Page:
Devin Hester - Hester will be one of the two outside receivers and could have a decent season in the Martz/Cutler offense. That's maybe a 65-catch, 750-yard, six touchdown type year which is barely "fantasy-worthy." It seems to me, the Bears were better off as a team when Hester played defense and was the most dangerous kick returner in football than as a mediocre wideout.
Johnny Knox - Knox should be the other outside receiver, unless he falters and lets Earl Bennett or Juaquin Iglesias steal the spot. Whomever wins the spot should get enough targets to be at least borderline "fantasy-worthy." Knox's current ADP is 157, well ahead of Bennett (ADP 248) and Iglesias (ADP 275).
Earl Bennett - Bennett (2009 ADP 119) was all the rage last year as fantasy owners, me included, thought his relationship at Vanderbilt with Cutler would translate into a big season. Unfortunately, 54 catches for 717 yards and two scores wasn't enough and owners aren't expecting much from the Commodores connection in 2010.
Greg Olsen - Olsen is a very good receiving tight end in an offense which no longer uses them much, except to block. Though he's been saying all the right things, he'll soon get tired and frustrated at watching the receivers and running backs get all the action. He could be worth something on the trade market which is likely the only way Olsen will have fantasy value in 2010. He was the fifth tight end off the board last year, but is currently the 13th tight end selected in 2010 with an ADP of 135.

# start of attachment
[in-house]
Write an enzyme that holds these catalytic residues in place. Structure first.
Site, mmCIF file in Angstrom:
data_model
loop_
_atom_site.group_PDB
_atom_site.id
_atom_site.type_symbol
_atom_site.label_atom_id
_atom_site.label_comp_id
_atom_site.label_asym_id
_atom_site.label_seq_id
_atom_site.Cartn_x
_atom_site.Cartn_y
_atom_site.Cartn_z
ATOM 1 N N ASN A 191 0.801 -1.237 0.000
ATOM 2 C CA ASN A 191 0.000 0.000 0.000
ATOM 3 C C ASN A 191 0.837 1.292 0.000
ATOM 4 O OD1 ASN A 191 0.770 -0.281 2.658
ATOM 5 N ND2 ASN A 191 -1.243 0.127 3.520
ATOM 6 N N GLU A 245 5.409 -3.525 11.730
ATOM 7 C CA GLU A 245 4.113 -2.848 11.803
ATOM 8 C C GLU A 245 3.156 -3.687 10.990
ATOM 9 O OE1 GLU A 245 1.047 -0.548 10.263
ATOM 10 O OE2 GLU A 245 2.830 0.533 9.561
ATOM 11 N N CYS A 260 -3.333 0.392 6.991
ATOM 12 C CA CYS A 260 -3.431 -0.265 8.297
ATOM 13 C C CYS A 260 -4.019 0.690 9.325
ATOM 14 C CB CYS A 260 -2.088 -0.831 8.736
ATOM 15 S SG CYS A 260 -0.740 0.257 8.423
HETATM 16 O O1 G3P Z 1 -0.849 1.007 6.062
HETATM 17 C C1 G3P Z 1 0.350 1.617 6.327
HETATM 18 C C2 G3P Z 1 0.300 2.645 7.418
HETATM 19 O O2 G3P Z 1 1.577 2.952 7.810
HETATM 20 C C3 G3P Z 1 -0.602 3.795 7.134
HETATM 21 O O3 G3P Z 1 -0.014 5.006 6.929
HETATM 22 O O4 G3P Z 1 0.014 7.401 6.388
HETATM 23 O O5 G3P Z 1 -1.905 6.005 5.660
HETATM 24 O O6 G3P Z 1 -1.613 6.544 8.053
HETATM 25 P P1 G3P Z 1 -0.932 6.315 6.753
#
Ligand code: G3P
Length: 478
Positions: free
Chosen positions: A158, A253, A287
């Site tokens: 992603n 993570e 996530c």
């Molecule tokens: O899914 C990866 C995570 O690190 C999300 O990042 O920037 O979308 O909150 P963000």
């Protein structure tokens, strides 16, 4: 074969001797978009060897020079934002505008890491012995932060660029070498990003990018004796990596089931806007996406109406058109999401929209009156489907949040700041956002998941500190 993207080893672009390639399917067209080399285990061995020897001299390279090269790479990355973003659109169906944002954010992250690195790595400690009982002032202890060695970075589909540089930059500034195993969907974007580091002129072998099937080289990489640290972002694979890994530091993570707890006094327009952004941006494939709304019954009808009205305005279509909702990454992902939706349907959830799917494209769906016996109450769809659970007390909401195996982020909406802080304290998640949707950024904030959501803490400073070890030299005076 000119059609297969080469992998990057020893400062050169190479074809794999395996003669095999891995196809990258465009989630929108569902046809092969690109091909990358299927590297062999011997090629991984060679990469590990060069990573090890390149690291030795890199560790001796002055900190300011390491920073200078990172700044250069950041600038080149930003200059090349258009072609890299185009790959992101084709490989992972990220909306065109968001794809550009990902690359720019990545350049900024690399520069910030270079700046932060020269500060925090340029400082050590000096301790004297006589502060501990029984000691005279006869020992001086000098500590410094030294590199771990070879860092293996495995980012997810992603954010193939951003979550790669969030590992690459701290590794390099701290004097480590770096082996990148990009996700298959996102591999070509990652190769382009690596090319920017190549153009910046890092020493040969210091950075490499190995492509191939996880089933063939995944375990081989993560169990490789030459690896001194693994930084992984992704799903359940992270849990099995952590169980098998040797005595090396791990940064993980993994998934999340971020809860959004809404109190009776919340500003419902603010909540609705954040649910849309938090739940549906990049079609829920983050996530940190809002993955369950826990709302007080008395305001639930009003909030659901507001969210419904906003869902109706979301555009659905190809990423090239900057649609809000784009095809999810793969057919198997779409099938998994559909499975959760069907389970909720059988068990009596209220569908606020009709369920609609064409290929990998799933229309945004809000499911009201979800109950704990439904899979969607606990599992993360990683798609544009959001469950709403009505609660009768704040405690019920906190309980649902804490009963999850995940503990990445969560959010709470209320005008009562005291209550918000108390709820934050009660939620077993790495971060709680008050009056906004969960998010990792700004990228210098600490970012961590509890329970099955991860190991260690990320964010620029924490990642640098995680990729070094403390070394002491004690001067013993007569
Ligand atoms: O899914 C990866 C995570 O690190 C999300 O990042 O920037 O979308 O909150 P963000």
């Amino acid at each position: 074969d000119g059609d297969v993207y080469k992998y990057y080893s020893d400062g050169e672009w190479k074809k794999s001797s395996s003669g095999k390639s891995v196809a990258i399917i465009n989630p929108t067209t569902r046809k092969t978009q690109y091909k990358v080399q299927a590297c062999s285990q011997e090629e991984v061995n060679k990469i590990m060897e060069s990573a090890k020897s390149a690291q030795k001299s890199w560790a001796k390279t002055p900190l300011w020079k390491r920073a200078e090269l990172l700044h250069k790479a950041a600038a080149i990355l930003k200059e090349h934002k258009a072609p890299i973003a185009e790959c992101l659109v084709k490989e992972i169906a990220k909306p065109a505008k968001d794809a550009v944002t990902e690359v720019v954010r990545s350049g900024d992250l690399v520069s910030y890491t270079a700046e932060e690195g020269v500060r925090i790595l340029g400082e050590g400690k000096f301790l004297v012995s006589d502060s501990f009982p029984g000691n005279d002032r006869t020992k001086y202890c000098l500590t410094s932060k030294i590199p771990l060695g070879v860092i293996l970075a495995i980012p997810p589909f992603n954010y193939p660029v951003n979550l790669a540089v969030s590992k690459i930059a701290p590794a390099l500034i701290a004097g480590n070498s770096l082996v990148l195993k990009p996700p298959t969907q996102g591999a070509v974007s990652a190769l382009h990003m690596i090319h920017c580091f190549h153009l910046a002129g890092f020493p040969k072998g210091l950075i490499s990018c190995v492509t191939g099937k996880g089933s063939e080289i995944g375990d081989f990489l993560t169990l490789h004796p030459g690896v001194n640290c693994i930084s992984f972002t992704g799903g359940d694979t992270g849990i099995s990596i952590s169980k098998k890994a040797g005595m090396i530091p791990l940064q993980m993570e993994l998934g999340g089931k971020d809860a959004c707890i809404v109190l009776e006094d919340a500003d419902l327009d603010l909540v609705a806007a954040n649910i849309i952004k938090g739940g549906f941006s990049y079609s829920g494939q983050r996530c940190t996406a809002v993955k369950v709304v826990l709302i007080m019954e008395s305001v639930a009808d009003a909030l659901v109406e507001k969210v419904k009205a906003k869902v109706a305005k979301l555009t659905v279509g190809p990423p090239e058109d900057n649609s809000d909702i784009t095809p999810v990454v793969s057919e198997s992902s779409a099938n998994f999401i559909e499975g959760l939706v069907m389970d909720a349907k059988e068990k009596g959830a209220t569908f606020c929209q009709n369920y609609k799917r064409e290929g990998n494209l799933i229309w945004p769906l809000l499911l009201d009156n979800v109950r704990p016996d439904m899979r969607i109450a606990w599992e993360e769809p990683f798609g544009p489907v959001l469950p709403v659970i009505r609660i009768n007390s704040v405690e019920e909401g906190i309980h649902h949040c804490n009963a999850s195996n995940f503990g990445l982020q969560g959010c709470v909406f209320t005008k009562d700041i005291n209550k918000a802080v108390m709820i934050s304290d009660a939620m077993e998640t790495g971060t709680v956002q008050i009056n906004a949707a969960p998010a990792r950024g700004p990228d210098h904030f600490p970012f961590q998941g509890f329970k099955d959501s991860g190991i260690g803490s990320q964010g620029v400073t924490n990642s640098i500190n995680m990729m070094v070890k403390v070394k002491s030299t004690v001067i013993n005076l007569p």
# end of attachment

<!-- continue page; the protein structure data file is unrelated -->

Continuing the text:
Brandon Manumaleuna - Manumaleuna knows the Martz offense, having played in St. Louis from 2001-2005. He won't have any fantasy value, but could end up as the Bears starting tight end before the season is over if Olsen is traded.
Robbie Gould - Gould finished well down the scoring list, in part because many of Cutler's interceptions happened deep in opponents' territory and denied him a chance at a kick. He had just 28 attempts in 2009, hitting 24 of them. Gould's numbers should improve in 2010, but he's still likely going to be a "middle-of-the-pack" kicker.
The Bears usually formidable defense lost its "heart and soul" in Week 1 when middle linebacker Brian Urlacher went down with a season-ending wrist injury. Urlacher is confident he will be back to his "old self" but he's 32-years old and has taken a lot of hits over his career.
Without Urlacher, the normally highly-ranked Bears finished in a tie for 16th among D/ST at 110 points. They accumulated 34 sacks along with 28 turnovers and three touchdowns (two on kick returns). They are also thin in the secondary, but tried to address that in the draft with a third-round selection of safety Major Wright and a fifth-round pick of cornerback Joshua Moore.
Still, I'd be a lot more likely to choose the Bears defense on Draft Day if I knew Urlacher were 100% and Hester were concentrating more on punt and kickoff returns than receptions. Chicago currently has an ADP of 208, the 13th defense off the board.